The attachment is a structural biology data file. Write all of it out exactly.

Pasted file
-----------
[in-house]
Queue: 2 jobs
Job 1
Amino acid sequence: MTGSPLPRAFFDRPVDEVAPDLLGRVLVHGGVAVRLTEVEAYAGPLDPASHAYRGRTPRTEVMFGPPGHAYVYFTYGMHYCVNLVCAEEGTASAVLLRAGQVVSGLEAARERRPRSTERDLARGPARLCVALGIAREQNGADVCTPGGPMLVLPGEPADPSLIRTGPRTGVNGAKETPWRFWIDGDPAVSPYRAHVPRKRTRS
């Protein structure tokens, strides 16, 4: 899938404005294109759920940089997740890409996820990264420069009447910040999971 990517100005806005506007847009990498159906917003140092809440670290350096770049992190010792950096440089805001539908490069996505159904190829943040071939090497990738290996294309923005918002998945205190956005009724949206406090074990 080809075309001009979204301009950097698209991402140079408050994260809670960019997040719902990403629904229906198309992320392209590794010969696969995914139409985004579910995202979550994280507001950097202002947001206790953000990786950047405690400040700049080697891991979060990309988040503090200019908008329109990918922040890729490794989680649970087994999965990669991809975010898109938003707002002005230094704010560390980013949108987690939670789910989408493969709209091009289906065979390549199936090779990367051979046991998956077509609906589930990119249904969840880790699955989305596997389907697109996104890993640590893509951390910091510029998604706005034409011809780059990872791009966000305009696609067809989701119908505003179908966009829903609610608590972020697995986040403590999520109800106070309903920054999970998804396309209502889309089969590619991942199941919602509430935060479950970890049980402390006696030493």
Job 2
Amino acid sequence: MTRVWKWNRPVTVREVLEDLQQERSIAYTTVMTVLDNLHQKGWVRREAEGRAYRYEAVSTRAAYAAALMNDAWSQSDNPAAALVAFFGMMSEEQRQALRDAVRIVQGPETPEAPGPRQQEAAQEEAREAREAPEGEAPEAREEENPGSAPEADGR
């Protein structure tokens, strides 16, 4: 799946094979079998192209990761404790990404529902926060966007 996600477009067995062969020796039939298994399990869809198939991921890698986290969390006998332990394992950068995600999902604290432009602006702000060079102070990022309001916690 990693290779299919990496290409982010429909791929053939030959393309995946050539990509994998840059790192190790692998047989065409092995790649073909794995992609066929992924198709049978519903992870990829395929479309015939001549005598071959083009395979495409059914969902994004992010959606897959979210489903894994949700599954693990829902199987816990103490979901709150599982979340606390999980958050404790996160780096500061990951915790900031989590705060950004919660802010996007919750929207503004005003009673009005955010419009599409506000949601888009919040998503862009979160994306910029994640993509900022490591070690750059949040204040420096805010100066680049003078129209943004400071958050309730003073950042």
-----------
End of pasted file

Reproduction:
[in-house]
Queue: 2 jobs
Job 1
Amino acid sequence: MTGSPLPRAFFDRPVDEVAPDLLGRVLVHGGVAVRLTEVEAYAGPLDPASHAYRGRTPRTEVMFGPPGHAYVYFTYGMHYCVNLVCAEEGTASAVLLRAGQVVSGLEAARERRPRSTERDLARGPARLCVALGIAREQNGADVCTPGGPMLVLPGEPADPSLIRTGPRTGVNGAKETPWRFWIDGDPAVSPYRAHVPRKRTRS
């Protein structure tokens, strides 16, 4: 899938404005294109759920940089997740890409996820990264420069009447910040999971 990517100005806005506007847009990498159906917003140092809440670290350096770049992190010792950096440089805001539908490069996505159904190829943040071939090497990738290996294309923005918002998945205190956005009724949206406090074990 080809075309001009979204301009950097698209991402140079408050994260809670960019997040719902990403629904229906198309992320392209590794010969696969995914139409985004579910995202979550994280507001950097202002947001206790953000990786950047405690400040700049080697891991979060990309988040503090200019908008329109990918922040890729490794989680649970087994999965990669991809975010898109938003707002002005230094704010560390980013949108987690939670789910989408493969709209091009289906065979390549199936090779990367051979046991998956077509609906589930990119249904969840880790699955989305596997389907697109996104890993640590893509951390910091510029998604706005034409011809780059990872791009966000305009696609067809989701119908505003179908966009829903609610608590972020697995986040403590999520109800106070309903920054999970998804396309209502889309089969590619991942199941919602509430935060479950970890049980402390006696030493």
Job 2
Amino acid sequence: MTRVWKWNRPVTVREVLEDLQQERSIAYTTVMTVLDNLHQKGWVRREAEGRAYRYEAVSTRAAYAAALMNDAWSQSDNPAAALVAFFGMMSEEQRQALRDAVRIVQGPETPEAPGPRQQEAAQEEAREAREAPEGEAPEAREEENPGSAPEADGR
């Protein structure tokens, strides 16, 4: 799946094979079998192209990761404790990404529902926060966007 996600477009067995062969020796039939298994399990869809198939991921890698986290969390006998332990394992950068995600999902604290432009602006702000060079102070990022309001916690 990693290779299919990496290409982010429909791929053939030959393309995946050539990509994998840059790192190790692998047989065409092995790649073909794995992609066929992924198709049978519903992870990829395929479309015939001549005598071959083009395979495409059914969902994004992010959606897959979210489903894994949700599954693990829902199987816990103490979901709150599982979340606390999980958050404790996160780096500061990951915790900031989590705060950004919660802010996007919750929207503004005003009673009005955010419009599409506000949601888009919040998503862009979160994306910029994640993509900022490591070690750059949040204040420096805010100066680049003078129209943004400071958050309730003073950042």